Root biomass and production of mangroves surrounding a karstic oligotrophic coastal lagoon

Adame, Maria Fernanda, Teutli, Claudia, Santini, Nadia S., Caamal, Juan P., Zaldivar-Jimenez, Arturo, Hernndez, Raquel and Herrera-Silveira, Jorge A. (2014) Root biomass and production of mangroves surrounding a karstic oligotrophic coastal lagoon. Wetlands, 34 3: 479-488. doi:10.1007/s13157-014-0514-5


Author Adame, Maria Fernanda
Teutli, Claudia
Santini, Nadia S.
Caamal, Juan P.
Zaldivar-Jimenez, Arturo
Hernndez, Raquel
Herrera-Silveira, Jorge A.
Title Root biomass and production of mangroves surrounding a karstic oligotrophic coastal lagoon
Journal name Wetlands   Check publisher's open access policy
ISSN 1943-6246
0277-5212
Publication date 2014-06-01
Year available 2014
Sub-type Article (original research)
DOI 10.1007/s13157-014-0514-5
Volume 34
Issue 3
Start page 479
End page 488
Total pages 10
Place of publication Dordrecht, Netherlands
Publisher Springer Netherlands
Language eng
Formatted abstract
Root production influences a range of belowground processes, such as soil accretion, carbon sequestration and nutrient acquisition. Here, we measured biomass and root production of mangroves surrounding a karstic oligotrophic lagoon that spans a nutrient and salinity gradient. We also measured forest structure and soil physicochemical conditions (salinity, bulk density, carbon, nitrogen (N) and phosphorus (P)) in order to determine factors associated with root production. We tested the following hypotheses: 1) root biomass and production increase at low soil P and N in order to maximize resource utilization, and 2) root biomass and production increase with high interstitial salinity. Root biomass (947–3,040 g m−2) and production (0.46–1.85 g m−2 day−1) increased where soil P and interstitial salinity were relatively high. Thus, we rejected the first hypothesis and confirmed the second. The larger root fraction (5–20 mm) was the major contributor to root biomass and production. Our findings suggest that root production and thus capacity for belowground carbon storage in karstic regions, where P is often limiting, is greater where interstitial salinity and P are higher. This contrasts with past assessments indicating that P-deficiency stimulates root growth, suggesting wide variation in belowground responses in mangroves.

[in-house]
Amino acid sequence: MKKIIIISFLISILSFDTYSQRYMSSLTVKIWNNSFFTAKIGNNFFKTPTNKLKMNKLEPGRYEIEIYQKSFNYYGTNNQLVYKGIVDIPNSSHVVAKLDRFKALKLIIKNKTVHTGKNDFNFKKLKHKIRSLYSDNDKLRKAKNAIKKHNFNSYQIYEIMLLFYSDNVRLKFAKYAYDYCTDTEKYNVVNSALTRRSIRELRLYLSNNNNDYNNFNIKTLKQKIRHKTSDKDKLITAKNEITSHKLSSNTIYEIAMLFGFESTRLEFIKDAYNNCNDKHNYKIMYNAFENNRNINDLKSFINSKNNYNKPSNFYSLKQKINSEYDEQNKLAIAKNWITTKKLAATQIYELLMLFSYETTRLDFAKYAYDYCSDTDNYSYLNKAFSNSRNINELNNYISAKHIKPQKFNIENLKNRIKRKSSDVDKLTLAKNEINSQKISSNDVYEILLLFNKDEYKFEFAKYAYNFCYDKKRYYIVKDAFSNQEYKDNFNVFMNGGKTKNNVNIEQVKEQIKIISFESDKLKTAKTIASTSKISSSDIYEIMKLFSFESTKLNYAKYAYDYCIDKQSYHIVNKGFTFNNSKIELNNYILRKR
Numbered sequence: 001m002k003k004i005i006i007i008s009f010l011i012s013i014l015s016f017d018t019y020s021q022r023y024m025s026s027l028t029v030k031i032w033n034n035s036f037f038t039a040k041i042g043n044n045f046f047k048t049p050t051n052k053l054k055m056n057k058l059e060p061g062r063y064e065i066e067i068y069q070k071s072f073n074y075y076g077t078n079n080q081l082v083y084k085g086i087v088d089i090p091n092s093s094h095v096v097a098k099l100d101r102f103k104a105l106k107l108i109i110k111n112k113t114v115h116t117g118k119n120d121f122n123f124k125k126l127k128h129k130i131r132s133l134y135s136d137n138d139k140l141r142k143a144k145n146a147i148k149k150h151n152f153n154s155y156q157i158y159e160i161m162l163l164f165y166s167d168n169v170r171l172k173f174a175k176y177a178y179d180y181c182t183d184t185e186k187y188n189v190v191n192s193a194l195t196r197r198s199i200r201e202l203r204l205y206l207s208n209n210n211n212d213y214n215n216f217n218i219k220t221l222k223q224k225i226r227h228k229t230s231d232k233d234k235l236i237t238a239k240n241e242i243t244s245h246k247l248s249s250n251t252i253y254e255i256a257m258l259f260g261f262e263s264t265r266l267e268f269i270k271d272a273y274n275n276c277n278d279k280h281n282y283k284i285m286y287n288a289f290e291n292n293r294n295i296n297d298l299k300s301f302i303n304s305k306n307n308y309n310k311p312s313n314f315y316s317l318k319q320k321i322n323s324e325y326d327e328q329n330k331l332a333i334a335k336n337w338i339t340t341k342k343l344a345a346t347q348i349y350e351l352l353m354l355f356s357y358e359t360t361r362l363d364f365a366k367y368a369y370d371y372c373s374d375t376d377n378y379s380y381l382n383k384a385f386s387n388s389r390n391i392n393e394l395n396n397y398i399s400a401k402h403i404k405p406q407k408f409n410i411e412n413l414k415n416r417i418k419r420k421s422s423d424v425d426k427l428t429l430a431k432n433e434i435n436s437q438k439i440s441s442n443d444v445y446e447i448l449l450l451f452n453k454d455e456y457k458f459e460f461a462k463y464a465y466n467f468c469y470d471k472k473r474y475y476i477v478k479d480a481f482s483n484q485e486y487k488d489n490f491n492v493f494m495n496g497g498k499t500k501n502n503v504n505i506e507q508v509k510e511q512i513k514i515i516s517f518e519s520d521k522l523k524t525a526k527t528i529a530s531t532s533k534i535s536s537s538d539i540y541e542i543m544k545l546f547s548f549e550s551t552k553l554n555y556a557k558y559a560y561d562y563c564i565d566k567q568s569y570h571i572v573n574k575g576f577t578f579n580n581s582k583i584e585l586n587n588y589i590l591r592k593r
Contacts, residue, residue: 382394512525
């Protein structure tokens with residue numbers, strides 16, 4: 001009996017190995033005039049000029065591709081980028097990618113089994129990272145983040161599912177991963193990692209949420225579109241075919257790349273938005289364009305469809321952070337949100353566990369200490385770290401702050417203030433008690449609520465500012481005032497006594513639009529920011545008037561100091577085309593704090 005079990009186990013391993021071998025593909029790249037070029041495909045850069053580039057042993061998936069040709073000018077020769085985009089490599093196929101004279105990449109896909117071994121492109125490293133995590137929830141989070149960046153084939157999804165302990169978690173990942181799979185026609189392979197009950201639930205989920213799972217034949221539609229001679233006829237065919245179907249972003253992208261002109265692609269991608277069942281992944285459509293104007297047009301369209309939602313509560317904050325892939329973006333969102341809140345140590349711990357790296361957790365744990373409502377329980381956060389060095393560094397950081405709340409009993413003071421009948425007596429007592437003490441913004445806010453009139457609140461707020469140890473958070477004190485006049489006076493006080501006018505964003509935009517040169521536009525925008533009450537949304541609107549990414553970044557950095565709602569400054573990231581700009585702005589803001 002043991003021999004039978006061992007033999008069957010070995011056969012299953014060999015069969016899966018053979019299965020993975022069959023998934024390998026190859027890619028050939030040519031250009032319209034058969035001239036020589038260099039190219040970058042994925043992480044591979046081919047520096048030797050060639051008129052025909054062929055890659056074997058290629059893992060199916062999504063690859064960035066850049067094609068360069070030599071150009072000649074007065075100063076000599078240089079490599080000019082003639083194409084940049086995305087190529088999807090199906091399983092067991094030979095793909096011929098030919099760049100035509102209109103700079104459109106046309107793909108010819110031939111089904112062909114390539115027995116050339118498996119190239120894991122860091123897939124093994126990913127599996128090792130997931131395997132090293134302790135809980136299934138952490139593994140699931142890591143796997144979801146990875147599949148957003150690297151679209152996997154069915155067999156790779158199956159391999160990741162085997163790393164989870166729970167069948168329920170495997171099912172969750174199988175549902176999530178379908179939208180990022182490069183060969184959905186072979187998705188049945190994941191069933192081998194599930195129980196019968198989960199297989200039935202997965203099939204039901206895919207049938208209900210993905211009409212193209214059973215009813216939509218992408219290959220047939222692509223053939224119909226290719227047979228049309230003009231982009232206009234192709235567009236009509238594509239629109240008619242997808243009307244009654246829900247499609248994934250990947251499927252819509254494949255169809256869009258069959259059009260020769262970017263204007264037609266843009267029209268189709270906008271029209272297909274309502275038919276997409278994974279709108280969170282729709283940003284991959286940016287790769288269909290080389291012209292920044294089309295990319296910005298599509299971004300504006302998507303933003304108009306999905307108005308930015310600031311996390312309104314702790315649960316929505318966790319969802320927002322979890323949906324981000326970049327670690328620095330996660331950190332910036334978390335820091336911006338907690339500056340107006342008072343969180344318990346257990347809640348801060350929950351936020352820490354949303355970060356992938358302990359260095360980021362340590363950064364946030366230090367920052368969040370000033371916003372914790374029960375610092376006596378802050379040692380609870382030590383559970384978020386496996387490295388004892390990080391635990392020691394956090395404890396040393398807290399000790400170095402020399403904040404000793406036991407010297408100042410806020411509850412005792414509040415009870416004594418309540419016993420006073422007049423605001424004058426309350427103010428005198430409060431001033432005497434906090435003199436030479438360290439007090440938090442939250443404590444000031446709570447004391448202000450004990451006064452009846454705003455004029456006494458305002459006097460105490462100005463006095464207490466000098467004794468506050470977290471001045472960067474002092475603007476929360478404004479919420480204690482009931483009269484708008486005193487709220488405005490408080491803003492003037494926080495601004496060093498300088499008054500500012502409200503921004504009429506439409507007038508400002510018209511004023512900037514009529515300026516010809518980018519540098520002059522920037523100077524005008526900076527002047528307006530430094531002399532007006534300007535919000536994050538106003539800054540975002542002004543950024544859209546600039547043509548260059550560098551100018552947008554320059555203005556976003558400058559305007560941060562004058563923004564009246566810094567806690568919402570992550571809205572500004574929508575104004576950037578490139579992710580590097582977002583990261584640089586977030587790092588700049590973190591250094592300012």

Keyword Phosphorus
Nitrogen
Salinity
Belowground production
Karst
Q-Index Code C1
Q-Index Status Confirmed Code
Institutional Status UQ

Document type: Journal Article
Sub-type: Article (original research)
Collections: Official 2015 Collection
School of Biological Sciences Publications
 
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